Author Topic: Prompt Books: Extra Info In Script  (Read 3553 times)

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ESM_John

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Prompt Books: Extra Info In Script
« on: Jul 25, 2006, 09:09 pm »
Hey Guys, im starting my planning for my show this fall of "Rumors". The script comes from Samuel French in a small booklet, and i am trying to transfer it over to full pages in Microsoft Word for blocking and calling scripts. Im noticing a lot of information in the script, such as blocking, character descriptions, and set references like this...

(Suddenly, Charley's bedroom door opens on the second landing and KEN GORMAN about, forty dressed in a tuxedo but looking flush steps out, comes to the rail, crosses to the right and begins talking rapidly)

My question is how much of that info do u transfer to your script. Is it worth it to copy all this info over, or is this stuff that you take out.

Thanks
-John


« Last Edit: Feb 11, 2008, 12:45 pm by PSMKay »

KC_SM_0807

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Re: Extra Info In Script
« Reply #1 on: Jul 25, 2006, 10:44 pm »
It all depends on your style.  I use a special page for every page of my blocking script.  The actual page of the script is on the right side of the page while this sheet is on the left, if that makes sense.  This special page, which I call my Script Notes Sheet, has special places for blocking, costume notes, props notes, scenic notes, etc.  I have never had to transfer a script over into Microsoft Word, but if I did, then I would go ahead and write some of this information into the script notes sheet. For this specific example, I would split it up.  For example,  I would put the costume notes on the Script Notes Sheet, and then put the blocking directions and character information (the talking rapidly) in the actual script. This way you can know what's going on/what's supposed to happen during a rehearsal, and it will be right in the script.  Then, when you have Production Meetings or your director mentions costume notes, you have all of the costume notes for that page on the opposite side, yet it isn't taking up space in your actual blocking script.  If you prefer to not use something similar to a Script Notes Sheet, I would at least make a running list of costume notes/scenic notes/etc. found in the script.  As I said before, it's all a matter of choice and how you want to do things.  Best of Luck!
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PSMKay

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Re: Extra Info In Script
« Reply #2 on: Jul 25, 2006, 10:52 pm »
It does depend on where the publisher got the information.  Some companies print from the playwright's final manuscript, while others print from the prompt book of the first production.  Take a look at the directions given and certainly make note of them, but do a little parsing to figure out what is necessary to make various "bits" work and what is subject to the interpretation of the director and designers.

Of course, if you're doing something by, say, Eugene O'Neill, who was well known for loading his scripts with detailed stage directions, you'll want to stuff more seriously.  In this case, the "talking rapidly" bit is essential Neil Simon characterization.  On the other hand, the bits about "tuxedo," "second landing," and "comes to the rail" are fine if you're working on the same set that they used for the first production, but  not so good if your set varies wildly from the original.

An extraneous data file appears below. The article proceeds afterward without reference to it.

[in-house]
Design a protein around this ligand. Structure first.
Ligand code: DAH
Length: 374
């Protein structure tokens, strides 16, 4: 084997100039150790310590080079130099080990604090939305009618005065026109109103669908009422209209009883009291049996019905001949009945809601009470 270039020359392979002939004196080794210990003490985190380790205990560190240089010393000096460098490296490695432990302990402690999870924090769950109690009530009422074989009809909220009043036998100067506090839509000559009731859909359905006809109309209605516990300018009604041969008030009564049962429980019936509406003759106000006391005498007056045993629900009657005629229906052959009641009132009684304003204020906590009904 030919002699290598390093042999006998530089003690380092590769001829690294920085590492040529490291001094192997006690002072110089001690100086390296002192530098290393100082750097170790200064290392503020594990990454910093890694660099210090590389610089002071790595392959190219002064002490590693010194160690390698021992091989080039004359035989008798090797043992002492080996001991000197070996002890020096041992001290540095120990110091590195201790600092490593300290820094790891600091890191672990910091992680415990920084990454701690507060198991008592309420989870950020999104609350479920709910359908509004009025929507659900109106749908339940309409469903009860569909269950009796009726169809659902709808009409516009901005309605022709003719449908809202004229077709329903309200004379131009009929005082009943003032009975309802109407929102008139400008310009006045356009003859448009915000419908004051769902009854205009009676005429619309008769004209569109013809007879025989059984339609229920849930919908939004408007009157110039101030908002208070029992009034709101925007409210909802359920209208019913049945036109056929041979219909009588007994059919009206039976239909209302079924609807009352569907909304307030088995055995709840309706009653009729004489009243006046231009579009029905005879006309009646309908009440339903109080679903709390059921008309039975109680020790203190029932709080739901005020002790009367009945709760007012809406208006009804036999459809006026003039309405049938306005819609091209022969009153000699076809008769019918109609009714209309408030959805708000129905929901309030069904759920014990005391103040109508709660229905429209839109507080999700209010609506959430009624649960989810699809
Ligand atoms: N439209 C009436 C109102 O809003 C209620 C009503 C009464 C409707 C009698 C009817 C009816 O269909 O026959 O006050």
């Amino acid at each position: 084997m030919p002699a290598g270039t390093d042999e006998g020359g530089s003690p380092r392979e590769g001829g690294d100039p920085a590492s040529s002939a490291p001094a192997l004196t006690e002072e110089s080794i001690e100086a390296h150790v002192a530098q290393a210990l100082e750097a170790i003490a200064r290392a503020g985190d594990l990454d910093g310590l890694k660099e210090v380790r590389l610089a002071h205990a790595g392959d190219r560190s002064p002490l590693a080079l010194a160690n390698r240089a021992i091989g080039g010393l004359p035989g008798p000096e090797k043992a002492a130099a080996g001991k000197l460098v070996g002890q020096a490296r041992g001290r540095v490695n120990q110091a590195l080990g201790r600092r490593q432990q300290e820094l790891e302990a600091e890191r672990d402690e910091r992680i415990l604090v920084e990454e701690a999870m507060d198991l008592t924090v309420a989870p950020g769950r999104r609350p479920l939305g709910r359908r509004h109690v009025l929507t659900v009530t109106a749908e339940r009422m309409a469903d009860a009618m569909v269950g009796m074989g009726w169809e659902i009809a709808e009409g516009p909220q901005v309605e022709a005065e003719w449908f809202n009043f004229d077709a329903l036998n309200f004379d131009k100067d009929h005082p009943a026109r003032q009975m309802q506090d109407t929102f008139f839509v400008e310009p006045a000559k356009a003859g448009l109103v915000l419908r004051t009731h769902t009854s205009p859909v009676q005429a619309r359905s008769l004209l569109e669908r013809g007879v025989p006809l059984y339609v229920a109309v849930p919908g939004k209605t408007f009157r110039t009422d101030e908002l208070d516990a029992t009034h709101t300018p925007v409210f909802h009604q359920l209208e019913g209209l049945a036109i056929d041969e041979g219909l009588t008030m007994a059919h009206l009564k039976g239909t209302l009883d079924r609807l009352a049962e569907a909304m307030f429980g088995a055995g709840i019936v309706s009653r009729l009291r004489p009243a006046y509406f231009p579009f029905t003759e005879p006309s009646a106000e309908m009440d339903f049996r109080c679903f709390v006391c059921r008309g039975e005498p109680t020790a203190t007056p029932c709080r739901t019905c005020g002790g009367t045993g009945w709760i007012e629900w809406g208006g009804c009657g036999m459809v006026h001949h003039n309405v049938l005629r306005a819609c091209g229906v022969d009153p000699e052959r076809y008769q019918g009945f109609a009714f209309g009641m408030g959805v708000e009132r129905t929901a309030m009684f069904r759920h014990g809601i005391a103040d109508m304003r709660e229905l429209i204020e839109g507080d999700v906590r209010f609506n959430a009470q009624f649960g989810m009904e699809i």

ESM_John

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Re: Extra Info In Script
« Reply #3 on: Jul 25, 2006, 11:34 pm »
Thanks a lot guys. I agree that i will keep anything that shows development of the character and wait and see what kind of set we use.

Mac Calder

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Re: Extra Info In Script
« Reply #4 on: Jul 26, 2006, 12:01 am »
I like to keep my typed up scripts verbatum at the onset so that I am on the same page as the actors basically.

As I move through the rehearsals, I constantly update the script with key events and remove the 'garbage'. Then, when I am making my calling script, I print out the updated copy. So during the rehearsal process, I would have the passage you mentioned, my calling script would have

Quote
(Door opens)
ENTER: Ken Gorman


SMJon

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Re: Extra Info In Script
« Reply #5 on: Jul 26, 2006, 10:34 am »
It depends on the directorial decision.  If the director is doing everything in the script including all blocking noted, then it is wise to keep it all.  I am with Mac on this one.  I keep my blocking script exactly as the actor's scripts are so pages are easy and I know where they are at all times and am seeing what they are seeing.  But the call script is different and cleaner getting rid of extraneous material. 

Right now I am working on Waiting for Godot and the Beckett Estate is very keen on making sure people do exactly what is in the script.  You can be sued for changing the stage directions of Beckett and it has happened.  So with this one we are doing every word that is in the  authorized edition.  I won't need to retype or remove anything so my call and blocking script will look the same. 

JenniferEver

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Re: Extra Info In Script
« Reply #6 on: Jul 26, 2006, 01:20 pm »
During rehearsals I want to have the exact same script that my actors have, so I would be verbatim. A lot of the time actors will come up to me with a question, and it makes it so much easier if we both have the exact same page to look at.

I've also seen SMs buy two copies of the script and then just paste the pages onto larger sheets of paper.

What I did in college what I'd use one Samuel French type script for rehearsals and blocking and save a fresh one as a call script.

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